Science News Archive - June 09, 2005
A group of Colombian scientists believe they've found a way to wipe out cocaine production: unleash an army of hungry moth caterpillars. But critics of the proposal say the chance for "ecological mischief" is high.
Plenty of research has been done on young athletes, but little is known about marathoners, swimmers and softball players over age 50. That's about to change. Over the next several days at the Senior Olympics here, researchers plan to learn a lot from these aged physical specimens, perhaps gaining new insights into aging and exercise.
Almost 1,000 whales, dolphins and porpoises die daily in fishing nets and urgent changes are needed in trawling methods to save nine populations under immediate threat, conservation group WWF said on Thursday. The accidental catching of cetacea in fishing gear is one of the gravest global threats to marine mammals.
Scientists gather routinely at the Texas Medical Center to share research. But they are meeting this weekend in enemy territory for a war-room session on political strategy. Advocates of embryonic stem cell research from the fields of academia, politics, health care and medicine are plotting ways to quell opposition and get the research money flowing.
Hidden dangers revealed to passing ships.
High-tech gadgets like strategically placed ocean pressure sensors could be valuable tools for protecting residents of tsunami-prone areas. But the biggest need, says Cornell University tsunami expert Philip Liu, is for sustained education so both residents and tourists understand the best ways to stay safe when a tsunami hits.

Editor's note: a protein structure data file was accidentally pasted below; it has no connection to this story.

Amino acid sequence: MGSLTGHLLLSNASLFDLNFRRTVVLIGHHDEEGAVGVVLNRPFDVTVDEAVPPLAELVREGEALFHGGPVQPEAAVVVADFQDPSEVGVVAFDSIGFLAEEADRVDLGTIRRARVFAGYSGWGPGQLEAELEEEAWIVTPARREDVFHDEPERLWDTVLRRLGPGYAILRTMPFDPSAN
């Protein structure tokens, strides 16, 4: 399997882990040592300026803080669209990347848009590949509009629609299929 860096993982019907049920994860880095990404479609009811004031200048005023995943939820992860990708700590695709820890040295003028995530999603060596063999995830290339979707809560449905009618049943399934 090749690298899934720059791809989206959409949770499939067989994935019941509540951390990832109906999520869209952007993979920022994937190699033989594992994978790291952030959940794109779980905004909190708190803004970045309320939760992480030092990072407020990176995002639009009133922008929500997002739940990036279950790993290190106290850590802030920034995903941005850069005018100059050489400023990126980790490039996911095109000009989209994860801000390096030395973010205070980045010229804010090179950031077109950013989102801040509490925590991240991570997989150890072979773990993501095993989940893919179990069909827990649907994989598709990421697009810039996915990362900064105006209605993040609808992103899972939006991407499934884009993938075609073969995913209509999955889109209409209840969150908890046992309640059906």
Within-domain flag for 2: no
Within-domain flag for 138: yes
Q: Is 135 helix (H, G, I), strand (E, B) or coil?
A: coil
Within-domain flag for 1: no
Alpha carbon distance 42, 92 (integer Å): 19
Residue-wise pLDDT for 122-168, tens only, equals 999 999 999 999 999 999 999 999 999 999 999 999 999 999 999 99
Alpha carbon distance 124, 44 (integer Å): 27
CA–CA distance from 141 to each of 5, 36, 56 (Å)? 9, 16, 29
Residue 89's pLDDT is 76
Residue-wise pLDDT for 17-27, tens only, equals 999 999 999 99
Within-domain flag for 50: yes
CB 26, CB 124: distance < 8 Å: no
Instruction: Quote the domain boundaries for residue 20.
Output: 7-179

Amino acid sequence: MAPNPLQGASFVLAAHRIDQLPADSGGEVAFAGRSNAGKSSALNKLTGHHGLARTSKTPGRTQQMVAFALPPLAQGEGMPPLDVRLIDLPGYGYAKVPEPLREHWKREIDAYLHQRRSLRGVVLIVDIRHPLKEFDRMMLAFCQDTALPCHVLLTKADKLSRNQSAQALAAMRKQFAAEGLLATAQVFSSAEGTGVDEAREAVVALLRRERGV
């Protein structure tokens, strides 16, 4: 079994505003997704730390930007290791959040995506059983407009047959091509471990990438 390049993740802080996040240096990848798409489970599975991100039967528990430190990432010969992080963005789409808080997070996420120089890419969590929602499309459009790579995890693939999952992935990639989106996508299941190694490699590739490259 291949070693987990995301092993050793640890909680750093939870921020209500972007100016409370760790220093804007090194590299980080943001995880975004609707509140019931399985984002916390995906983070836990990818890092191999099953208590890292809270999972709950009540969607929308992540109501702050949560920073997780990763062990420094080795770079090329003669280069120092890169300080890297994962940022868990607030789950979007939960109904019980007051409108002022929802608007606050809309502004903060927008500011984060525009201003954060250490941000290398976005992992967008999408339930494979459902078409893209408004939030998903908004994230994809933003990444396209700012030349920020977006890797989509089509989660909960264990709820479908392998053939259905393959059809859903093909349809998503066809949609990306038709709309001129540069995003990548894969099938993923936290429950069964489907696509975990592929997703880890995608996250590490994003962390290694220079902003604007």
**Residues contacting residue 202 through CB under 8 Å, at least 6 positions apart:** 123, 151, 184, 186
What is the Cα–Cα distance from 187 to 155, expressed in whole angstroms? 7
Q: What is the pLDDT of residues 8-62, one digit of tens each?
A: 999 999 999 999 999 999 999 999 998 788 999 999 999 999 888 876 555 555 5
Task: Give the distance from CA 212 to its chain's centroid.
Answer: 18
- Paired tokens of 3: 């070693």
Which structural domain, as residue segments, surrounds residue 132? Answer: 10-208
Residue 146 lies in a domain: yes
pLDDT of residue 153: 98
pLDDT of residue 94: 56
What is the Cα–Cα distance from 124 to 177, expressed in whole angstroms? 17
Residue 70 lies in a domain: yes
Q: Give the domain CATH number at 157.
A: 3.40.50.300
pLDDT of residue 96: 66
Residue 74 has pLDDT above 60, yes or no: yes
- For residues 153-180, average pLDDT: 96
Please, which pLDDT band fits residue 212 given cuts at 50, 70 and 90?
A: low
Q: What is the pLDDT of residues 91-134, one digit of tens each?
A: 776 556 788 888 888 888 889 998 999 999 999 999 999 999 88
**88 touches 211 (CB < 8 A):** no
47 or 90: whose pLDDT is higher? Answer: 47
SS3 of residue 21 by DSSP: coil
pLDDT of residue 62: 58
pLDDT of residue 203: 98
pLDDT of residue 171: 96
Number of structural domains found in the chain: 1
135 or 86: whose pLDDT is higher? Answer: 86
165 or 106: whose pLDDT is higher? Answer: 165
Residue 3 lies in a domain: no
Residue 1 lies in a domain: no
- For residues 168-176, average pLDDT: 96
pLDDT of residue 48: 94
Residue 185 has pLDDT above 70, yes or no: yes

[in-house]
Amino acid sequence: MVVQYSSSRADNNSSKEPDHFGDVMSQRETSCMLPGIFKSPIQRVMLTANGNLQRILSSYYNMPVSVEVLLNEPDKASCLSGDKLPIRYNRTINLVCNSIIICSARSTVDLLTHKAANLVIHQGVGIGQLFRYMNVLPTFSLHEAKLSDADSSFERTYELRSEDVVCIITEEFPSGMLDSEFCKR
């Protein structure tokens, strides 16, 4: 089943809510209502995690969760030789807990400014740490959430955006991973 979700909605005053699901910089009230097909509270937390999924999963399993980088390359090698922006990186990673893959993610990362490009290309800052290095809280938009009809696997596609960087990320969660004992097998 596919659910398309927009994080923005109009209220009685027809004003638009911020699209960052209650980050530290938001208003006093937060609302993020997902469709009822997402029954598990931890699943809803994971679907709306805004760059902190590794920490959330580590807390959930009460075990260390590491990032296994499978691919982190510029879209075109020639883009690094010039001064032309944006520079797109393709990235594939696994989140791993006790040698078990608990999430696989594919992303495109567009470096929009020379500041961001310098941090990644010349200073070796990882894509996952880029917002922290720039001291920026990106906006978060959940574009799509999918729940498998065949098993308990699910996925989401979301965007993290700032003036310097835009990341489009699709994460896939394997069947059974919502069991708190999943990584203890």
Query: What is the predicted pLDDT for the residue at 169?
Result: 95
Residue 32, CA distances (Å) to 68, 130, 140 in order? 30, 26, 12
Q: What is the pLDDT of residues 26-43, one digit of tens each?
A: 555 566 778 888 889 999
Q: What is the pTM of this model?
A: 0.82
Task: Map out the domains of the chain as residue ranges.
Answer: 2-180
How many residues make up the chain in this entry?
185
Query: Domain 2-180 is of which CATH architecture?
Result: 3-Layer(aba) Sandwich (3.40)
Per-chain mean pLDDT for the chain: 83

Researchers at Yale have identified a gene that regulates the major immune response in plants, programmed cell death (PCD), according to a recent report in the journal Cell.
The following highlights summarize research papers in Geophysical Research Letters (GL). The papers related to these Highlights are printed in the next paper issue of the journal following their electronic publication. June 9, 2005
New imaging techniqueâ€”a trillion times faster than conventional techniquesâ€”advances field of plasmonics, could lead to better semiconductors.
Scientists at the University of York are warning that dramatic changes may soon occur in Africaâ€™s vegetation in response to global warming.